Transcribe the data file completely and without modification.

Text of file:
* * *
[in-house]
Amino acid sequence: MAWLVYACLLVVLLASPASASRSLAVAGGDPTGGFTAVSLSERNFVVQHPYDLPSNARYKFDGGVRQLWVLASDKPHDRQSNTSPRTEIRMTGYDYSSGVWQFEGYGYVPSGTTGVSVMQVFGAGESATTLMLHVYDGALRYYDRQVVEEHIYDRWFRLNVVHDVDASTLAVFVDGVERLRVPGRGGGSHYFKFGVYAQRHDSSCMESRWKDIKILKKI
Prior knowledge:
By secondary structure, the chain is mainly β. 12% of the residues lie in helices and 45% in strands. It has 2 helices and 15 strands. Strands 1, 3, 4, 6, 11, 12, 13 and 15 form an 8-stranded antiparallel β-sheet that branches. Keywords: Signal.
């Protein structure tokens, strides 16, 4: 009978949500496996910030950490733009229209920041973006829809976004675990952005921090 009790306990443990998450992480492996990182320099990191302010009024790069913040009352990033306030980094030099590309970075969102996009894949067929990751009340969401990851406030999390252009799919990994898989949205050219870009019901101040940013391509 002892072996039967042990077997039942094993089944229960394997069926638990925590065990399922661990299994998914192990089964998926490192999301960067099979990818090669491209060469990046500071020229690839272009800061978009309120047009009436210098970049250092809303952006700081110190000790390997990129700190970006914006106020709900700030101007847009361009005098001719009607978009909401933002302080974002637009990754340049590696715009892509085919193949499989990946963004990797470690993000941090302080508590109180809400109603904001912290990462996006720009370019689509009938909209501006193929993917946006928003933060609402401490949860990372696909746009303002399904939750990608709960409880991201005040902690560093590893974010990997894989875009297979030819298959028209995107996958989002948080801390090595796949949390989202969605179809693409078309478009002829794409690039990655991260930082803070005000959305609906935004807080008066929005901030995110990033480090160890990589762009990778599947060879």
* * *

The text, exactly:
[in-house]
Amino acid sequence: MAWLVYACLLVVLLASPASASRSLAVAGGDPTGGFTAVSLSERNFVVQHPYDLPSNARYKFDGGVRQLWVLASDKPHDRQSNTSPRTEIRMTGYDYSSGVWQFEGYGYVPSGTTGVSVMQVFGAGESATTLMLHVYDGALRYYDRQVVEEHIYDRWFRLNVVHDVDASTLAVFVDGVERLRVPGRGGGSHYFKFGVYAQRHDSSCMESRWKDIKILKKI
Prior knowledge:
By secondary structure, the chain is mainly β. 12% of the residues lie in helices and 45% in strands. It has 2 helices and 15 strands. Strands 1, 3, 4, 6, 11, 12, 13 and 15 form an 8-stranded antiparallel β-sheet that branches. Keywords: Signal.
């Protein structure tokens, strides 16, 4: 009978949500496996910030950490733009229209920041973006829809976004675990952005921090 009790306990443990998450992480492996990182320099990191302010009024790069913040009352990033306030980094030099590309970075969102996009894949067929990751009340969401990851406030999390252009799919990994898989949205050219870009019901101040940013391509 002892072996039967042990077997039942094993089944229960394997069926638990925590065990399922661990299994998914192990089964998926490192999301960067099979990818090669491209060469990046500071020229690839272009800061978009309120047009009436210098970049250092809303952006700081110190000790390997990129700190970006914006106020709900700030101007847009361009005098001719009607978009909401933002302080974002637009990754340049590696715009892509085919193949499989990946963004990797470690993000941090302080508590109180809400109603904001912290990462996006720009370019689509009938909209501006193929993917946006928003933060609402401490949860990372696909746009303002399904939750990608709960409880991201005040902690560093590893974010990997894989875009297979030819298959028209995107996958989002948080801390090595796949949390989202969605179809693409078309478009002829794409690039990655991260930082803070005000959305609906935004807080008066929005901030995110990033480090160890990589762009990778599947060879």